If you follow my Instagram, you will notice a lot of my challenges are tasks that have to do with preparing for the future. A way to be ready for when the world reopens. I have been using this as a coping mechanism, but truly, I do not know if it is working. I am still feeling an urge for the world to get back to the way it was. I’m not sure I’m the first person to float this idea into your head, but I do not think we will ever get back… and I think that is a good thing.
This pandemic, while tragic and I wish it never happened, is shedding light on some aspects of society that needed to be addressed. I feel like in 50 years from now, they will be referring to this time period in the same way we learned about the Industrial Revolution. I am sure while they were living during the revolution, they could not understand the way it would impact the future. I won’t pretend that I even understand the full impact of this time, but I have a few guesses.
Changes in the Workplace
I am tired of hearing people refer to injustices in the office as being the way corporate America is. As new generations join the workforce, I am hoping we embrace a much-needed change. I think the catalyst for our upcoming workplace changes was the Me Too movement. While the Me Too movement is focused on sexual violence, after it began, people started gaining the courage to speak out against other wrongdoings in the office, too.
We spend the majority of our lives at work. It should not be a place where we feel unsafe. Most companies are currently trying to work on their culture to exclude all types of discrimination in the office. This is a step in the right direction. One that is long overdue. I wish the focus on discrimination would help foster a better workplace, but unfortunately, there are other ways to feel uncomfortable at work. Let’s talk about bosses.
Your boss has power over you. They decide if you stay employed. They decide if you should be considered for a promotion. They decide what you learn, how you learn, and who you learn with. They decide what exposure you gain. They decide if you earned a spot to work on a project. They decide if other people get to know the work you contributed to said project. They decide if your workload is so intense, you are forced to work overtime. They have a power over you that no one should have.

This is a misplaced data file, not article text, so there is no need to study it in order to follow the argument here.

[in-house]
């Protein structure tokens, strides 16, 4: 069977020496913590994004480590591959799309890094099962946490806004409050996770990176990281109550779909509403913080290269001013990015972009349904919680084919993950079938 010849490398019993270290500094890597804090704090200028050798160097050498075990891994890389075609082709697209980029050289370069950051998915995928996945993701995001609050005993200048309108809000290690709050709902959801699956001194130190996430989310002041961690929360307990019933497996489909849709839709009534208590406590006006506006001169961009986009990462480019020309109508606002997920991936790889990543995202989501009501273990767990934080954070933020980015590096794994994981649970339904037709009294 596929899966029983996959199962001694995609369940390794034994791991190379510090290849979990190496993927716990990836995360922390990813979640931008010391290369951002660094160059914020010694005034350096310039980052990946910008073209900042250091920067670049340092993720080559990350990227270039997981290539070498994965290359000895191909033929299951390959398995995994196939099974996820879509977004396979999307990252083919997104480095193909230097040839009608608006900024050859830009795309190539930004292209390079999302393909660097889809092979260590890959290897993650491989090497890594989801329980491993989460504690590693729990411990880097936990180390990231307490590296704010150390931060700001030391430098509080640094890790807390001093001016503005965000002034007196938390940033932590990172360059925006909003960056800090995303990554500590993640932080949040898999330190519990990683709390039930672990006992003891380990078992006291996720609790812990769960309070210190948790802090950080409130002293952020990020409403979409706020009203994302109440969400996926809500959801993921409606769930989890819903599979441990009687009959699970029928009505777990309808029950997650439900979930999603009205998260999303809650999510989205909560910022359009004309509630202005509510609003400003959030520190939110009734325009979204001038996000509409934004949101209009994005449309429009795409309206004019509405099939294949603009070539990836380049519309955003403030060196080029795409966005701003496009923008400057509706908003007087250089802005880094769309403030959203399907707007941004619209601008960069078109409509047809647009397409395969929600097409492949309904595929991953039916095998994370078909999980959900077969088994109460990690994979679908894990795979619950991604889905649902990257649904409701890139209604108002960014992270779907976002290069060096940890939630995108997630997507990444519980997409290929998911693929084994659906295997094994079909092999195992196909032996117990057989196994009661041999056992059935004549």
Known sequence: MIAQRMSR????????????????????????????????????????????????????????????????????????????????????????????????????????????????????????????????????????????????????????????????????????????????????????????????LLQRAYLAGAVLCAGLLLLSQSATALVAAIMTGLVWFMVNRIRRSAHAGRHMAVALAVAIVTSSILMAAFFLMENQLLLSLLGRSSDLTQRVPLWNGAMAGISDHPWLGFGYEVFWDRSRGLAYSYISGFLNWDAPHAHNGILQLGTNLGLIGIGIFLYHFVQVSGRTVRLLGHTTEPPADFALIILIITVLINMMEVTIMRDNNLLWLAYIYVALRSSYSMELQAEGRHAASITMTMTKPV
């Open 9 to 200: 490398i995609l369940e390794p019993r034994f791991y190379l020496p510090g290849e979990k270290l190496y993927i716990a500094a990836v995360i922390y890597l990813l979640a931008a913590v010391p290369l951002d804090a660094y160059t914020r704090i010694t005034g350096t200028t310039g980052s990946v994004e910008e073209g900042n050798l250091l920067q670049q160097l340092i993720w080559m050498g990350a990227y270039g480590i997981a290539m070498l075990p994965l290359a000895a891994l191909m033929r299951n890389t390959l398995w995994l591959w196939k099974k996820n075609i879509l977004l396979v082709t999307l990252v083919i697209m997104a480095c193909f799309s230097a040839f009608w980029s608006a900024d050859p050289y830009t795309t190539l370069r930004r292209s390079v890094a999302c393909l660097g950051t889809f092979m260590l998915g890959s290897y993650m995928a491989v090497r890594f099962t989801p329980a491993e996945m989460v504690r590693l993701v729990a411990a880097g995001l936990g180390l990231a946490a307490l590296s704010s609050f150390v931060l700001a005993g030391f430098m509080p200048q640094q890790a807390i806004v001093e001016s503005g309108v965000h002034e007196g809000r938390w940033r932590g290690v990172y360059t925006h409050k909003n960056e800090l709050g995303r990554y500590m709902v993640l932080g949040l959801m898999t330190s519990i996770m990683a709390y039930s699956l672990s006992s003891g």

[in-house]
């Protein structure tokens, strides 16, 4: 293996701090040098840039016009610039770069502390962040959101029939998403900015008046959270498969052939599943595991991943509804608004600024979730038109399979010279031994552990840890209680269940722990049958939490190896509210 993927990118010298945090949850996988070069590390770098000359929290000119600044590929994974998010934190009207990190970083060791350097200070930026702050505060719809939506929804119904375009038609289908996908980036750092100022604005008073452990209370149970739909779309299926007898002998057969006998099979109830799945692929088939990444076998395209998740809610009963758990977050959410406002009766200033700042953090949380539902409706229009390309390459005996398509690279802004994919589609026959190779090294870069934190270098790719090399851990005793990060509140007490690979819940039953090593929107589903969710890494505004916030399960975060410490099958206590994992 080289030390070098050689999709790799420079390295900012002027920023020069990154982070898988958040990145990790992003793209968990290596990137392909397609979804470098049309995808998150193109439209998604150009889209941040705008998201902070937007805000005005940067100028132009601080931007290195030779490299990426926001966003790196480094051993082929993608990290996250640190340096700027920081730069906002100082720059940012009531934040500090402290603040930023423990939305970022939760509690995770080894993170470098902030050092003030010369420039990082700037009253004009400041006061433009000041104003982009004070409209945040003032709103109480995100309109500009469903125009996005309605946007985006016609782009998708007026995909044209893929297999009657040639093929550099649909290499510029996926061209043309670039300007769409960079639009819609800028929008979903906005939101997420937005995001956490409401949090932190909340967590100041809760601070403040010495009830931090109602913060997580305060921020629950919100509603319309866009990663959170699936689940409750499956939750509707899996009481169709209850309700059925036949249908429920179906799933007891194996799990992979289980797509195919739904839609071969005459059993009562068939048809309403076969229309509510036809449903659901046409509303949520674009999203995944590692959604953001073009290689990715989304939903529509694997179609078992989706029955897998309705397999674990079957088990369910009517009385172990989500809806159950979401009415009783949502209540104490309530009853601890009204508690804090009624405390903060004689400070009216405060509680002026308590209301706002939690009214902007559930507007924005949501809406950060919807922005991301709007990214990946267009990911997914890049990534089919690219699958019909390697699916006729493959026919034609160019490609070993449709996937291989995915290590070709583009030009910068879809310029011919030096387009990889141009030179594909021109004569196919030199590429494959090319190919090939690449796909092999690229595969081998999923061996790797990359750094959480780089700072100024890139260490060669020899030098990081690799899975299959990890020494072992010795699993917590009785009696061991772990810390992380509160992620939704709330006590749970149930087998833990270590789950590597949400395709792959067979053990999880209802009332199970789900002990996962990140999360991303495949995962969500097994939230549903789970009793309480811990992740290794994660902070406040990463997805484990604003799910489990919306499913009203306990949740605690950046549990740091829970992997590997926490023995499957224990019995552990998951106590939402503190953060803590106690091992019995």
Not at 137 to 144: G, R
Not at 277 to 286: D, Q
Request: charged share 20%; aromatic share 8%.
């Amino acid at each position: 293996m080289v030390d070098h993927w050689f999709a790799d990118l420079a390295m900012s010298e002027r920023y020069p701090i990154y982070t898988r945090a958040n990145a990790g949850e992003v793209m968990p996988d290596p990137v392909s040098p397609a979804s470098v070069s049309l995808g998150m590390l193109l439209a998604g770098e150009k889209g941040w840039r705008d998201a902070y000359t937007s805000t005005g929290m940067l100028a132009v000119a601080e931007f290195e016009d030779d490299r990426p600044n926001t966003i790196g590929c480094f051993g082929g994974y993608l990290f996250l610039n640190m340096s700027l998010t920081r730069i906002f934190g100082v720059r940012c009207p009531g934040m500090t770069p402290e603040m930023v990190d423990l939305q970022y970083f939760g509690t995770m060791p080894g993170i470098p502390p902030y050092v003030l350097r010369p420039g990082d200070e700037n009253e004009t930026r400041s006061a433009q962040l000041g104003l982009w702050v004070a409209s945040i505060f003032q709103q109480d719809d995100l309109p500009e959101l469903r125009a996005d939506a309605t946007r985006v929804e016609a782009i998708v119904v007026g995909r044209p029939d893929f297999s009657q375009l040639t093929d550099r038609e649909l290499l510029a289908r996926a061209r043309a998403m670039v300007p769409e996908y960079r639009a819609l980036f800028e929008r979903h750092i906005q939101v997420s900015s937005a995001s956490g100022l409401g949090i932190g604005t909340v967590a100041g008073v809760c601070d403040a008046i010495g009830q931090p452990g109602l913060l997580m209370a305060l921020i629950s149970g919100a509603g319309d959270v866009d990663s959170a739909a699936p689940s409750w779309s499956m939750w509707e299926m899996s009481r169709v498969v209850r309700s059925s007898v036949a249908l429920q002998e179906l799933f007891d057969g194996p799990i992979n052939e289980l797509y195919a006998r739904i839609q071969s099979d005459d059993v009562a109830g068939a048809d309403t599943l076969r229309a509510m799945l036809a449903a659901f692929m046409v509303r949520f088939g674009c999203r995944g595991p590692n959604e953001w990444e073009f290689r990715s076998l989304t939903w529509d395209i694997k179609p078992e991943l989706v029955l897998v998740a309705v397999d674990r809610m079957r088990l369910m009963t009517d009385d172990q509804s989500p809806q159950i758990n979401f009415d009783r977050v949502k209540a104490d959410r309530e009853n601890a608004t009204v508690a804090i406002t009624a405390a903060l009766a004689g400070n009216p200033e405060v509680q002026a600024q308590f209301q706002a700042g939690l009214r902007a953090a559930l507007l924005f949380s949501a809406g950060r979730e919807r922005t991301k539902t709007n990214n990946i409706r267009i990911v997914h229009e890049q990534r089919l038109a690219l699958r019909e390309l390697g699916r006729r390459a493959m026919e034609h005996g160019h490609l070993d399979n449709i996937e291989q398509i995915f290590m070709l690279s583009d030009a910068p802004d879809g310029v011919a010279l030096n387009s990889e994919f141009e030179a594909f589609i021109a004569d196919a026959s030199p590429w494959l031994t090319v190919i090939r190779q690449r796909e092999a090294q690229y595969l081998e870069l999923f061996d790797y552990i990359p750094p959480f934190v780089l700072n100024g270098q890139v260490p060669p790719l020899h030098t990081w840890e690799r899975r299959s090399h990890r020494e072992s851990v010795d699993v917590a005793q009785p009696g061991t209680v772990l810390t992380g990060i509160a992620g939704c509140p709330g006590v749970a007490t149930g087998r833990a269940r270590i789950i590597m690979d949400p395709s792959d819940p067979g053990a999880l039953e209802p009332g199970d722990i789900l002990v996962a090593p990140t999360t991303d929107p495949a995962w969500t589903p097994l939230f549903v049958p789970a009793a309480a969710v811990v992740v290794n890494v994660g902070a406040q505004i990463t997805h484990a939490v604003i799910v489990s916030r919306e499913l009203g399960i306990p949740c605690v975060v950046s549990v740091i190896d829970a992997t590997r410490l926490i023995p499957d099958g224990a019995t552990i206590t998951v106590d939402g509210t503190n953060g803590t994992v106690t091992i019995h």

I wish that were the extent of your boss’ power because it is already too much. Those are the obvious ways your boss has power over you. Let’s talk about the discreet ways. Their actions signal if it is okay to eat lunch in the kitchen instead of your desk. The way they talk to you could affect your mental health. If your opinions differ, you have to decide if you want to represent yourself or become a robot to mirror their image.
Any time there is a conflict with a boss, people usually talk to multiple peers on how to best handle the situation before approaching. There is no easy way to give your boss feedback. A lot of times giving feedback is so challenging, people would rather find a new job than give it.
There are a lot of people or entities we could blame for this current work culture. Of course, we could blame the companies for not training their managers better. I feel like a broken record, but we need to train managers before they are managers. With any other skill, we need to learn and ask questions. We need to prove we are competent before going out and doing it on our own. Why is managing different?
We could blame colleges. For the amount we pay, you would think they could start adding courses on becoming a manager. Yes, most college students would not be a manager for some time, but at least there would be a general understanding of expectations before it happened.
So far, my work predictions are about creating a safer space when you are at work. My last one is that we will no longer be chained to a desk. This pandemic is proving that a lot of jobs can be done remotely. There has been a learning curve, definitely, but now that we are in a groove, why would we need to go back to the way it was? The biggest reason I can think of is that companies are locked into office leases and do not want to waste money. To me, this is not a good enough motive. There are so many benefits to allowing people to work from anywhere, within reason.
People could travel the world or more realistically, the country. I understand it would be insanely difficult to have employees working throughout the world for tax purposes and also because of time zones. If I could work remotely, for the rest of my working life, I would be able to spend longer periods of time in different cities. I could try more restaurants. I could see more scenes. I could fill my weekends differently. In theory, I could do this now, except it is a pandemic and we are not supposed to be traveling.